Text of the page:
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Online Newsletter for Call Center Personnel
Rosanne D'Ausilio, Ph.D. Editor and Publisher
Volume XX, Issue 10

Date: October 1, 2009 - The Impact of Conflict Management Training on Customer Service Delivery

The Impact of Conflict Management Training on Customer Service Delivery.  This was the title of my case study in partial fulfillment of my doctoral degree which I completed in 1996.  More on this in a moment.  Here it is 13 years later and…

In a recent survey training participants were asked what types of courses would greatly increase their effectiveness at work, and the answers were:

Leadership skills                      56%
Conflict resolution                53%
Technical knowledge              47%
Management skills                  43%
Communication skills              42%
Project mgmt skills                 41%
Critical thinking skills               40%
Innovative thinking skills         38%
Negotiation skills                     35%
Time management                 35%
Stress management               35%
Effective teamwork                33%
Computer skills                       33%    
Financial skills                         23%
None of the above                  1%

Source: The Everything Disc Workplace Survey of 5,945 Training Participants Nationwide
 by Inscape Publishing (, July/August 2009, p 11)

The source was surprised that dealing with conflict or difficult people was at 53%. 

We’re not, are you?  Today’s customers are more sophisticated and have higher expectations.  Calls coming into companies today are more complex, more complicated, and more accelerated before the phone is even answered.

After all, if we could, as customers, handle most of our questions, problems, concerns, etc. using self service which is available 24/7, we would do so.  But because self service isn’t what it should be, there is another step involved—call the company!  At this point, the customer could be frustrated, angry, upset, wasted time and/or got nowhere, impatient, all the way up to rage, and is ready to vent--and then the phone is answered.

It makes perfect sense to me that people needs skills and techniques to deal with conflict and/or difficult people.  I think of customer service as like a jukebox.  With an old fashioned jukebox, you select a record, push a button, and the inner workings of the jukebox retrieve that particular record. You can even watch it happen through the glass dome cover.  It places the record on the player, the needle drops, and the song begins.

The same thing happens with people.  Maybe the customer’s tone of voice reminds you of a stern schoolteacher, or a parent, or a sibling.  Through the interaction, an old ‘record’ is activated, a button has been pushed.    That record begins to play and you are gone.  No longer are you present to yourself or the customer, you have been pulled by your history toward an old event or feeling.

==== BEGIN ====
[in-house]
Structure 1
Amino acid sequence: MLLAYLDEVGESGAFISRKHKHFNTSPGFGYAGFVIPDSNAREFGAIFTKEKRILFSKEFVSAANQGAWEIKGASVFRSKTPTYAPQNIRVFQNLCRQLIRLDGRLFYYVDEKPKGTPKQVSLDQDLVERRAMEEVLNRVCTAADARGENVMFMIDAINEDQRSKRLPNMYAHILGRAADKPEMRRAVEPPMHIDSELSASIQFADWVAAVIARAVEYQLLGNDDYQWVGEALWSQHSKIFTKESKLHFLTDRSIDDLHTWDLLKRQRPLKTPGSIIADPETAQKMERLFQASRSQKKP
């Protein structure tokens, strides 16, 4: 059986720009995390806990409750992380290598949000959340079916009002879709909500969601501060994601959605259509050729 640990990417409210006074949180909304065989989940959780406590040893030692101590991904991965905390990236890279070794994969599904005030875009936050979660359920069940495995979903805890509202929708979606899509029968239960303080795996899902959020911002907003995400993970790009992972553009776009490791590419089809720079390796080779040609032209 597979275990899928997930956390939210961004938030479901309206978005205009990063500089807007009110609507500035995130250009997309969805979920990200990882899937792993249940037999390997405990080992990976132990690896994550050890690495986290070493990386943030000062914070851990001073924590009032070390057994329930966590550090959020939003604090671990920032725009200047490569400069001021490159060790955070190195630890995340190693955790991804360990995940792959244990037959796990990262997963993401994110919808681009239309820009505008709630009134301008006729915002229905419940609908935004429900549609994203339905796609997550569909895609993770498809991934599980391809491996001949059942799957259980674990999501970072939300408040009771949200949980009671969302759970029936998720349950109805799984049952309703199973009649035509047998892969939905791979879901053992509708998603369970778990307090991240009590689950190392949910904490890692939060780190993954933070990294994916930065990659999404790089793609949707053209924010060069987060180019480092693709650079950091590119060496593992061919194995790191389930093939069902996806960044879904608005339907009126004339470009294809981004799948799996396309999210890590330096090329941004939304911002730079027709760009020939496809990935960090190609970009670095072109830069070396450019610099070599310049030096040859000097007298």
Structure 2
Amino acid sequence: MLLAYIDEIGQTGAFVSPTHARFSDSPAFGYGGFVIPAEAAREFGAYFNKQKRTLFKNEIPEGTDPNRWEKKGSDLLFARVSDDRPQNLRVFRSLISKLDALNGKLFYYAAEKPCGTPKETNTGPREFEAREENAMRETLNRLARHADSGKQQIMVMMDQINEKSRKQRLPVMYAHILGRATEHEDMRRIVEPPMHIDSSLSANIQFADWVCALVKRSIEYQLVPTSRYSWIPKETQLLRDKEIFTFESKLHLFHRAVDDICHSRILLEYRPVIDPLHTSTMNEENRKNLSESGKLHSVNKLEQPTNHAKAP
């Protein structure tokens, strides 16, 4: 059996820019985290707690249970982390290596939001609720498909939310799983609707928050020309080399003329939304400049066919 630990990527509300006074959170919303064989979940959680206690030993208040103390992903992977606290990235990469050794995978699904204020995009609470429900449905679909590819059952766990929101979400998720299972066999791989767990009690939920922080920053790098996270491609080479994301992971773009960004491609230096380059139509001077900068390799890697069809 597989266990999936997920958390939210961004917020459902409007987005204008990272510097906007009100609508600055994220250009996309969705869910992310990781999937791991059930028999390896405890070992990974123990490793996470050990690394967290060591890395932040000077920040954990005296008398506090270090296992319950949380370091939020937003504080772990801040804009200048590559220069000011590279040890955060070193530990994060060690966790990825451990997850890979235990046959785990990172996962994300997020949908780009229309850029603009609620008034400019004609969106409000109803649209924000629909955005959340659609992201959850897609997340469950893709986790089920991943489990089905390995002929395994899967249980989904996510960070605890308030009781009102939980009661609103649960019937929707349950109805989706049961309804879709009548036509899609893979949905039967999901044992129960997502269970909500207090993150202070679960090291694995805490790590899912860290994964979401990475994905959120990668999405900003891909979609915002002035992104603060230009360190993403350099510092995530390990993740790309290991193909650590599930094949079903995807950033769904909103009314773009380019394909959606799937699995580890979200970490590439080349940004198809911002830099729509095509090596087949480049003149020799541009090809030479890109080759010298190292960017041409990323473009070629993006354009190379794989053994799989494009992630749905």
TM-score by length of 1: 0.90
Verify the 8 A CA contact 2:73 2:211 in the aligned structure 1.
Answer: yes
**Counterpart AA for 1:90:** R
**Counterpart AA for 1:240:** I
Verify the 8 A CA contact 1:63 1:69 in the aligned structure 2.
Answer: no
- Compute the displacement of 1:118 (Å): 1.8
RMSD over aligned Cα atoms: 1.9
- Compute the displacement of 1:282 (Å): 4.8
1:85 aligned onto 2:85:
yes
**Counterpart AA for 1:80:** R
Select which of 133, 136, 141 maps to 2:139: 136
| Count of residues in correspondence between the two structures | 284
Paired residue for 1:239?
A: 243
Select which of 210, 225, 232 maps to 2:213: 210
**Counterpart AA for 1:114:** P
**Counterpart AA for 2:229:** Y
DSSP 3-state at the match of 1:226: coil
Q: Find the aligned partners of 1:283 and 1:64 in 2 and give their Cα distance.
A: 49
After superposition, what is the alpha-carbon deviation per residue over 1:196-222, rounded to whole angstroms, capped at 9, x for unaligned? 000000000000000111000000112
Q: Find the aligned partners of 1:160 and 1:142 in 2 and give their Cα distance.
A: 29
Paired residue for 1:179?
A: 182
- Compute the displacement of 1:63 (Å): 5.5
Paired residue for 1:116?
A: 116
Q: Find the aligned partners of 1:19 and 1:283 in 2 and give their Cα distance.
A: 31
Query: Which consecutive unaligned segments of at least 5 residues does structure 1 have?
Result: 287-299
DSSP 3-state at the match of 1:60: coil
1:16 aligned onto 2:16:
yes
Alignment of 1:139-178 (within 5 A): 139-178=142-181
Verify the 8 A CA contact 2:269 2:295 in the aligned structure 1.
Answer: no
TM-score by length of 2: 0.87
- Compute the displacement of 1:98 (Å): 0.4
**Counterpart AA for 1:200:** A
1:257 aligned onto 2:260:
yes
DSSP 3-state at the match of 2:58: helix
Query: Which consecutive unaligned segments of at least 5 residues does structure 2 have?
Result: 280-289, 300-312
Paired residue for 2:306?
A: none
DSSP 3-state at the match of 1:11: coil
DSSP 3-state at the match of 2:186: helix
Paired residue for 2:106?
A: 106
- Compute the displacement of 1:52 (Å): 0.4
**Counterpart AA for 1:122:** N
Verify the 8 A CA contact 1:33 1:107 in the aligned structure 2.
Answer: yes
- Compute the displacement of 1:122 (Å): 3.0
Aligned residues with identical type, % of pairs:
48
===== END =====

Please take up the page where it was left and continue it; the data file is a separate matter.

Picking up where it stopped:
The first step back to the present is awareness.  If you are aware about something, you can assert control over it.  Without awareness, it stays in the unconscious or subconscious and you are at the mercy of whatever is happening.  To strengthen your awareness, pay attention to your feelings.  If you begin to feel antagonistic, take a moment, breathe, and look to see if it’s something in the present that bothers you or something ancient.  Then choose where to stay—in the present or in the past.

The second step is to implement choices.  Yes, you can always go to that old record and react rather than respond. 

Now back to my case study.  It took place at an all electric utility company in their call center and, at their request, was focused on their longest and hardest call—a complaint call—everyone’s longest and hardest call. 

The purpose of this study was to investigate the impact of Conflict Management Training (CMT) on customer service delivery.  Specifically, it asked the broad question:  What impact does CMT have on job performance and customer satisfaction in the delivery of customer service? 

This case study successfully proved that CMT reduced job tension, improved communications skills, improved empathetic responsiveness, improved job satisfaction and increased customer satisfaction, as well as significantly shortening call length.

 Specifically, CMT:

o    Decreased job tension                                          

o    Increased communication skills

o    Increased empathetic responsiveness  

o    Increased job performance

o    Reduced the length of call by 22.3 seconds which in this study represented a savings approximately $335,000 per year or 7 employees, and

o    Improved customer satisfaction 9.3% for High Bill calls, and 7% overall  

Whether it’s 1996 or 2009, training is a necessity, not a choice, for positive impact on customer satisfaction, employee improvement, and the bottom line.


2009 Human Technologies Global, Inc. All rights reserved.

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